The Air Force's largest aircraft, the C-5M Super Galaxy, was carrying 68 passengers from Barksdale Air Force Base, Louisiana, the evening of Jan. 17 when a medical emergency caused the plane to be diverted.
The plane was en route to Rota, Spain, when less than a half hour into the flight, a passenger lost consciousness. Other passengers alerted the crew of a possible seizure, and Master Sgt. Josh Cutrer responded first. He cleared out the crowded seating area to keep the passenger comfortable and stable.
"The biggest thing was to keep him safe," Cutrer said. As the passenger regained consciousness, he seemed dazed, couldn't remember much before passing out and told Cutrer that this hadn't happened to him before. He wanted to continue flying, but Cutrer was already in communication with aircraft commander Capt. Geoff Howard.
"He obviously had something going on that was medical," Cutrer said. "I didn't feel like it was the right call to continue our flight."
The pilots communicated with air traffic control and identified Memphis International Airport as a good fit. It was only a few miles away, provided 24/7 medical care and could accommodate their large aircraft, Howard explained.
"We were extremely heavy. We were about 770,000 pounds when we were landing, so we needed an extremely long runway," he said.
First pilot Lt. Eli Parsch joined Howard in the cockpit as they prepared the plane for a quick landing.
"There's a lot of work in between the plane landing and when we're up at cruise," Parsch said. "So, we're basically trying to manage all the tasks that we have to achieve and make sure all the crewmembers are also handling all the things that they have to do while managing this emergency issue."
The pilots landed the C-5 without any issues and immediately connected the passenger with medical personnel at the airport.
While the passenger was treated, the plane was delayed a couple hours in Memphis, and then it continued to Dover. Flight engineers were dealing with an aircraft problem before leaving Barksdale and had already decided to divert to Dover before continuing to Spain.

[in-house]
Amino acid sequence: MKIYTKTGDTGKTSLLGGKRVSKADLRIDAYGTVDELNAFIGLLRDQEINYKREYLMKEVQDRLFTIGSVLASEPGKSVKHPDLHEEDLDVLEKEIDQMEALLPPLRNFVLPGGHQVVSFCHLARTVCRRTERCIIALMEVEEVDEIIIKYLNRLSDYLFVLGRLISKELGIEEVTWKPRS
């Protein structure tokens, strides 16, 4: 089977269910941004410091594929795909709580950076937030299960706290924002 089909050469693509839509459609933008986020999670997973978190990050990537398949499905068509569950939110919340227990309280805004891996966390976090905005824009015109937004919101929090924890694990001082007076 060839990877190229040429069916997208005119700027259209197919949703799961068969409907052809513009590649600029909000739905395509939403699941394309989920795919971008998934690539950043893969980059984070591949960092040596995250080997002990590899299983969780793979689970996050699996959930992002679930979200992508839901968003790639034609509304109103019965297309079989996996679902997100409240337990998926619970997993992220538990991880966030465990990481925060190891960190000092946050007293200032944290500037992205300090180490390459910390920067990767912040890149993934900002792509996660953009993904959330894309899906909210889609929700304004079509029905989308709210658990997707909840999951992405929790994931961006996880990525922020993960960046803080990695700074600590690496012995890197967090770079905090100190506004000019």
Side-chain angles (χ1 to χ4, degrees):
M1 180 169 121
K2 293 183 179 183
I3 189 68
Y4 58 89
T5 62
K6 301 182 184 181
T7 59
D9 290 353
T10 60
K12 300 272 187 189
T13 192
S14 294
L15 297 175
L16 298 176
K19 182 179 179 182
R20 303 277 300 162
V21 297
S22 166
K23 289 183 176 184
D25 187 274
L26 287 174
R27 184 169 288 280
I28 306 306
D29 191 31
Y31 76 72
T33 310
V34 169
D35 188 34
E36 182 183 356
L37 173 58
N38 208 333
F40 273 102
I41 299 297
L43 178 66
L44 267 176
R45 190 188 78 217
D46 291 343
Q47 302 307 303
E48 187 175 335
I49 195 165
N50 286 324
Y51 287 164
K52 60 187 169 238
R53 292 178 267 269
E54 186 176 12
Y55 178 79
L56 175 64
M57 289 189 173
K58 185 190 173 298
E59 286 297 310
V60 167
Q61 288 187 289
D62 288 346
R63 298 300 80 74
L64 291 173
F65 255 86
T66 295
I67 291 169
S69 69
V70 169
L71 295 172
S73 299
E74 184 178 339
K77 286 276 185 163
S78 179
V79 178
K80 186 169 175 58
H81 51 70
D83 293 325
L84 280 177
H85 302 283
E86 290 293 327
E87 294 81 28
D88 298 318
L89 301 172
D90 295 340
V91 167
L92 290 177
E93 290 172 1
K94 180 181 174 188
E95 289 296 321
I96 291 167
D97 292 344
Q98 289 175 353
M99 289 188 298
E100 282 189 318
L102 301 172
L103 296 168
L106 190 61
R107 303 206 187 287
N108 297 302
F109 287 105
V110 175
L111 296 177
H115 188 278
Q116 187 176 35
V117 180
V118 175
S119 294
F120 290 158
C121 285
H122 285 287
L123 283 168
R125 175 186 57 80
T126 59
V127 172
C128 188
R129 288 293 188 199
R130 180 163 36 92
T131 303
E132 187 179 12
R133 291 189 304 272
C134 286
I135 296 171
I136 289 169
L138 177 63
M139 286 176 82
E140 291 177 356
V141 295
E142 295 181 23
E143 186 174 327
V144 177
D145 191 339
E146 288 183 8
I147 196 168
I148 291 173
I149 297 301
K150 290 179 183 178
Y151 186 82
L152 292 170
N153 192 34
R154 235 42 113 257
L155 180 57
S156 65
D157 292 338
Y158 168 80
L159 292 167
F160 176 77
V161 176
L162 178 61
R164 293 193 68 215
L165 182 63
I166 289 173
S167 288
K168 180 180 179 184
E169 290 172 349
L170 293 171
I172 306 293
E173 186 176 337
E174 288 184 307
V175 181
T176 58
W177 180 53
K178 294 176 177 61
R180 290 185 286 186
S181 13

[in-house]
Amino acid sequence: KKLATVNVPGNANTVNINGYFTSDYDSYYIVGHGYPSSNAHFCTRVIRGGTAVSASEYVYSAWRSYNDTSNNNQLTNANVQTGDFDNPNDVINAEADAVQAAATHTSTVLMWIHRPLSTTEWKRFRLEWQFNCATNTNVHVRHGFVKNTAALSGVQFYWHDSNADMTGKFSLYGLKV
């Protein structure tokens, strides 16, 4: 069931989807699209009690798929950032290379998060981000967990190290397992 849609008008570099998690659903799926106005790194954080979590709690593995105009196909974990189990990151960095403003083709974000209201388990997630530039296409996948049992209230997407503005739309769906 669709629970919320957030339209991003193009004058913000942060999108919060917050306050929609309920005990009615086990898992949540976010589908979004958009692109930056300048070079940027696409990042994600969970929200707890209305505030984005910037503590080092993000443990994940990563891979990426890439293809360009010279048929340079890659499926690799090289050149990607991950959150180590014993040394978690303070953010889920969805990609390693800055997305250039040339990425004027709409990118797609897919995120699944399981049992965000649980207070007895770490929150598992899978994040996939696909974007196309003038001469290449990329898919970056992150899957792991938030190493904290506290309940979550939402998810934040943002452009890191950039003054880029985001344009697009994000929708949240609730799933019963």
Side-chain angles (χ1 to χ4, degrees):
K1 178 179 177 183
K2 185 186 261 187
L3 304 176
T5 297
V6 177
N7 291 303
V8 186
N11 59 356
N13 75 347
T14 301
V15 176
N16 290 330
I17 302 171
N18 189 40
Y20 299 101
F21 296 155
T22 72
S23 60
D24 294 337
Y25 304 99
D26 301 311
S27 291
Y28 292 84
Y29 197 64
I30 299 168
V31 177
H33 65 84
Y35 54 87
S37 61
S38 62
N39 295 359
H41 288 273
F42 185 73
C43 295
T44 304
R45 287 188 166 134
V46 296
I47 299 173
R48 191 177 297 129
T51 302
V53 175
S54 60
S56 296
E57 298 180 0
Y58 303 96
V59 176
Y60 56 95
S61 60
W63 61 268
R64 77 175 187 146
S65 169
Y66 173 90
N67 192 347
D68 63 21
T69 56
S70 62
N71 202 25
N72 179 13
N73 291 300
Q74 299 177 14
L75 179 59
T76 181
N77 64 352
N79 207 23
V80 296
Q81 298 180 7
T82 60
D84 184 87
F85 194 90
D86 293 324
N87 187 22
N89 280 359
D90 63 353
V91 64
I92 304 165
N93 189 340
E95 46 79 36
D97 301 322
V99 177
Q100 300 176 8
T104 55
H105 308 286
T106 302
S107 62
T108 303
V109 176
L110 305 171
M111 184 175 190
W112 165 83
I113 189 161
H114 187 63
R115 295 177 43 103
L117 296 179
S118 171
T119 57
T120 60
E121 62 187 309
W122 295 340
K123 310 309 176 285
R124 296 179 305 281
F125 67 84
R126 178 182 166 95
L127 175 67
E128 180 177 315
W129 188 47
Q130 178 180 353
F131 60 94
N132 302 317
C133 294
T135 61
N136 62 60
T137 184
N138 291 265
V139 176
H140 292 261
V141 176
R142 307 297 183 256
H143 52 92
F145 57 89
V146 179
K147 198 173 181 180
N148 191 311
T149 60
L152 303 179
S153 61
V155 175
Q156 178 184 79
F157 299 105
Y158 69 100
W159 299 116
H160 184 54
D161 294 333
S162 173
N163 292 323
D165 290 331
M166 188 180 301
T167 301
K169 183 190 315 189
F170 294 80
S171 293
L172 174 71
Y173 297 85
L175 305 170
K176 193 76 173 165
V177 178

Flight engineer Tech Sgt. Alexander Barnes typically sits behind the pilots and operates the aircraft systems. He was addressing the aircraft problem when the medical emergency arose.
"It was not like we could completely ignore either one of them," he said. "There was juggling involved."
In addition to the aircraft problem, an indicator went off in the cockpit that one of the doors to the outside of the plane could be open. This could cause structural damage and pressurization issues, Howard said.
The plane was ascending to 18,000 feet when the indicator went off. The pilots leveled the plane and informed air traffic control. Procedure required them to descend below 10,000 feet, depressurize the airplane and get one of the flight engineers in a harness to inspect all the doors leading out of the plane.
During this process, the passenger lost consciousness.
"From that point on, the issues of the aircraft were really put to the side," Howard said. "It was just all about taking care of the passenger."
For most of the crew, this was the first time they had experienced a medical emergency mid-flight.
"This is not something that you typically think is going to happen or experience on an airplane. We deal with a lot of emergencies as far as pertaining to the airplane in flight, but not so much with the passengers," Cutrer said.
All Air Force members receive basic medical training, he said. Several crew members said their training and teamwork allowed them to finish their mission and fly their passengers to Spain the next day.
"Our training is exceptional, our teamwork is outstanding and we have just the best character airmen that make up our United States Air Force," Howard said. "And when all three of those things come together, they act as a pillar that carried us through to safety that night."
This article is written by Emily Lytle from Dover Post, Del. and was legally licensed via the Tribune Content Agency through the NewsCred publisher network. Please direct all licensing questions to email@example.com.